By Ahmed Elumami.
Tripoli, 3 November 2013:
Congress today discussed removing the powers of the Libyan Revolutionaries’ Operations Room (LROR) which last month was involved in kidnapping . . .[restrict]of the Prime Minister Ali Zeidan. It also agreed to set up separate committees to investigate Zeidan’s abduction and the payment of LD 900 million to fund the LROR and other militia.
In what some will see as a check for the President of Congress, Nuri Abu Sahmain, his role as Commander-in-Chief also came under scrutiny although no decision was made about it.
At the session, some 70 members of Congress supported withdrawing the LROR’s mandate to secure Tripoli, which it granted only four months ago. However, contrary to earlier reports, no decision was taken on the LROR’s role either, or its future.
The 70 members were specifically focused on the LROR’s role in Tripoli, not its existence, Beida Congresswoman Zeinab Haroun Al-Targi told the Libya Herald. “It is not the GNC’s business to disband the LROR,” she said, adding: “But it can discuss and control its tasks.”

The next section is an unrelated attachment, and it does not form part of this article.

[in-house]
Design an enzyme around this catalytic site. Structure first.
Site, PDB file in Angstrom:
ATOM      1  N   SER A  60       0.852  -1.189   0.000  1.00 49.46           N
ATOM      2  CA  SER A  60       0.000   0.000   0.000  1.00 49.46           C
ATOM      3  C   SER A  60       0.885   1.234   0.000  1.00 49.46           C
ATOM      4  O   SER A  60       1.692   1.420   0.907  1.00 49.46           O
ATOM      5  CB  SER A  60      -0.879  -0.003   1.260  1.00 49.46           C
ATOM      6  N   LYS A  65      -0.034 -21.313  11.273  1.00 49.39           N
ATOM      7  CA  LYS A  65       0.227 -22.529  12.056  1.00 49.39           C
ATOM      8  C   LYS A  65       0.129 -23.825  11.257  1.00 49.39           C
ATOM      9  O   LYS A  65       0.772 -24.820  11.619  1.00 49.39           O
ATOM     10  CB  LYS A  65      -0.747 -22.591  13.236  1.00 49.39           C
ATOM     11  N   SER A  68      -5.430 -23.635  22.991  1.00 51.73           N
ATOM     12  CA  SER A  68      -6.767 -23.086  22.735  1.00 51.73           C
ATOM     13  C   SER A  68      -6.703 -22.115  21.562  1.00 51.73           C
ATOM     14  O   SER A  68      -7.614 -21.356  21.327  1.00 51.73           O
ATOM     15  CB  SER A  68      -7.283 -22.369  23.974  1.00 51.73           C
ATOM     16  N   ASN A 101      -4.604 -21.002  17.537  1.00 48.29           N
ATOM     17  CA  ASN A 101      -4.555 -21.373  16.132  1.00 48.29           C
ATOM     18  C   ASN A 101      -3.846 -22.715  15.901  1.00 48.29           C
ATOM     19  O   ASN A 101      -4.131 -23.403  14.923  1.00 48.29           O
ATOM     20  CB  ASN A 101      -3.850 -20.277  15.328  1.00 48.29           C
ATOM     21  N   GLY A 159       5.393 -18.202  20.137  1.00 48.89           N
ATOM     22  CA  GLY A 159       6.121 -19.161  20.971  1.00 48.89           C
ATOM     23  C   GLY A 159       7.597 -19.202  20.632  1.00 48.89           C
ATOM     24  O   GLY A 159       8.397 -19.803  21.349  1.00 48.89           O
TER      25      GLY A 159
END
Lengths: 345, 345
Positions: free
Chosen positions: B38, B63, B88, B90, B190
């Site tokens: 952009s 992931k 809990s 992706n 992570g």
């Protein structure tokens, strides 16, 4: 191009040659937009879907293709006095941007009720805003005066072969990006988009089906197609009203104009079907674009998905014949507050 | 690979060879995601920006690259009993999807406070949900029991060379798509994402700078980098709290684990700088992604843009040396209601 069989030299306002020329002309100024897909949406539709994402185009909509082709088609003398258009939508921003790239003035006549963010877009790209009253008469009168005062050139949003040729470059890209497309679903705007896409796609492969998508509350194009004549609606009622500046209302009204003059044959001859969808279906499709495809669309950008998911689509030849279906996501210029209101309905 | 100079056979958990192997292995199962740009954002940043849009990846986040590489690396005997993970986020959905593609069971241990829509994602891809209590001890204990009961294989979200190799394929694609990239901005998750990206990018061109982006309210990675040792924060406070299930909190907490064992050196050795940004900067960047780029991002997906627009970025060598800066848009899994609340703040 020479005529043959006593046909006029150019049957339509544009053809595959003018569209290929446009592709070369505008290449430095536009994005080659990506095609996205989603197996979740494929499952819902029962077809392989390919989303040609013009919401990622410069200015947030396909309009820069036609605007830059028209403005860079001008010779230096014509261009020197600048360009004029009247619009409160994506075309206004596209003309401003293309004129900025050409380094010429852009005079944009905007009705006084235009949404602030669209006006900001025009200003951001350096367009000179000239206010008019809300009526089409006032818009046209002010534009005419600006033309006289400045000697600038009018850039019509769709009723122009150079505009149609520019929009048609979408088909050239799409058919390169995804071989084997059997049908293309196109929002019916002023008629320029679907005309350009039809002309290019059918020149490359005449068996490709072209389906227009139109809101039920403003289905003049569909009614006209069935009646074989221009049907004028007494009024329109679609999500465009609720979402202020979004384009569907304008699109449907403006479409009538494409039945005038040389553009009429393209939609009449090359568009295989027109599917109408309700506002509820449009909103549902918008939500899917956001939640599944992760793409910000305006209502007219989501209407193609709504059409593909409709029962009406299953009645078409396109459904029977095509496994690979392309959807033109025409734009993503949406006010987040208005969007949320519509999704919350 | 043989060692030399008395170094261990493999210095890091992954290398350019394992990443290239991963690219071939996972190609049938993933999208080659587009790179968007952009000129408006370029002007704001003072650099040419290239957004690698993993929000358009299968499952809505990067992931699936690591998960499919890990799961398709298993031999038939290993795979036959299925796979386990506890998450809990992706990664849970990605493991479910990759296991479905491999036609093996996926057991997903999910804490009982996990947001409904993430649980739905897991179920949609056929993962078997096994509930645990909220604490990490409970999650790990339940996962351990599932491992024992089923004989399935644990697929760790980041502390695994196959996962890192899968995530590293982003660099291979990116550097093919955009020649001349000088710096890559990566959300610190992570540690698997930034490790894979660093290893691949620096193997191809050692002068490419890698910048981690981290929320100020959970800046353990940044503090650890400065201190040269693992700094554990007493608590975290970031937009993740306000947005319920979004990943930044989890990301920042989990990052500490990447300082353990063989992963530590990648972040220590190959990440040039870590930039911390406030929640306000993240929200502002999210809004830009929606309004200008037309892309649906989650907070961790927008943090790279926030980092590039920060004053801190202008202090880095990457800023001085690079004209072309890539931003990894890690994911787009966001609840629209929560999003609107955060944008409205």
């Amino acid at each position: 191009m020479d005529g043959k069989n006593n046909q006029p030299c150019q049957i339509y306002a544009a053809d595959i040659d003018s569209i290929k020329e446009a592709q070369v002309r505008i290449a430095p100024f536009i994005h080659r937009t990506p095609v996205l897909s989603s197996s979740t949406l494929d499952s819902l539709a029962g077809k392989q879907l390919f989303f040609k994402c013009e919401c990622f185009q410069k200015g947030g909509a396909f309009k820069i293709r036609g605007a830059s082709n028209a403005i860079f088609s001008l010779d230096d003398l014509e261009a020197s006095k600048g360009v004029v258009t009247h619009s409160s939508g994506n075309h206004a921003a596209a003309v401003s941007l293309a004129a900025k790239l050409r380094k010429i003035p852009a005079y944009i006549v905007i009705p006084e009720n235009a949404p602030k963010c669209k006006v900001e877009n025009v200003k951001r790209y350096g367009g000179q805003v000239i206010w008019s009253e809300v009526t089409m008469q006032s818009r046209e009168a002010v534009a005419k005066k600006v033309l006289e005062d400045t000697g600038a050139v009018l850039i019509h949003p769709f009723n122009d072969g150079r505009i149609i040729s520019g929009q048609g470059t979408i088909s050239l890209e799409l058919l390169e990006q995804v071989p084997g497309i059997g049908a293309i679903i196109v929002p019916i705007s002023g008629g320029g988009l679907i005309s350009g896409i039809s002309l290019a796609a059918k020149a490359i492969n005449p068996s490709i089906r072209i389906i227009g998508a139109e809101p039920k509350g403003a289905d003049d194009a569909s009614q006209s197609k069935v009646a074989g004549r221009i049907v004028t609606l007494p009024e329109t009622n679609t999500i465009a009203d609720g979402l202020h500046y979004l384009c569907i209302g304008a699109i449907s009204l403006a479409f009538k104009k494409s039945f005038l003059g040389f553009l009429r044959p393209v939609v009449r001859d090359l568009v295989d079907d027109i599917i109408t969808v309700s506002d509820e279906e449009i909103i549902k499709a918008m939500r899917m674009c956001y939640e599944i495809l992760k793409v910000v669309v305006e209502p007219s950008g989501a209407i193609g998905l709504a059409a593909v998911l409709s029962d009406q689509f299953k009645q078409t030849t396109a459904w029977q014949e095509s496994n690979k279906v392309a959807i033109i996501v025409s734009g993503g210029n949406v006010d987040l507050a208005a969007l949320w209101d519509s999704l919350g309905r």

During the televised proceedings, the increasingly embattled Abu Sahmain told Congress that the LROR had come into being as a result of four days of talks with Zeidan and the Ministers of Defence and the Interior. In these discussion, he stated, the government had agreed that it lacked the resources to secure the capital. He also said that the heads of the GNC’s own National Security and Defence committees, Abdulmonem Al-Yaser and Abdulnasser Aseklani, had also been involved in talks to “develop a mechanism to secure the city”.
Views in the heated debate ranged from those who wanted the LROR closed down to others opposed to any change in its mandate. However, there appeared to be growing consensus that it should be allowed to continue, but depoliticised and removed from the control of the President of Congress and handed over to the Chief of Staff.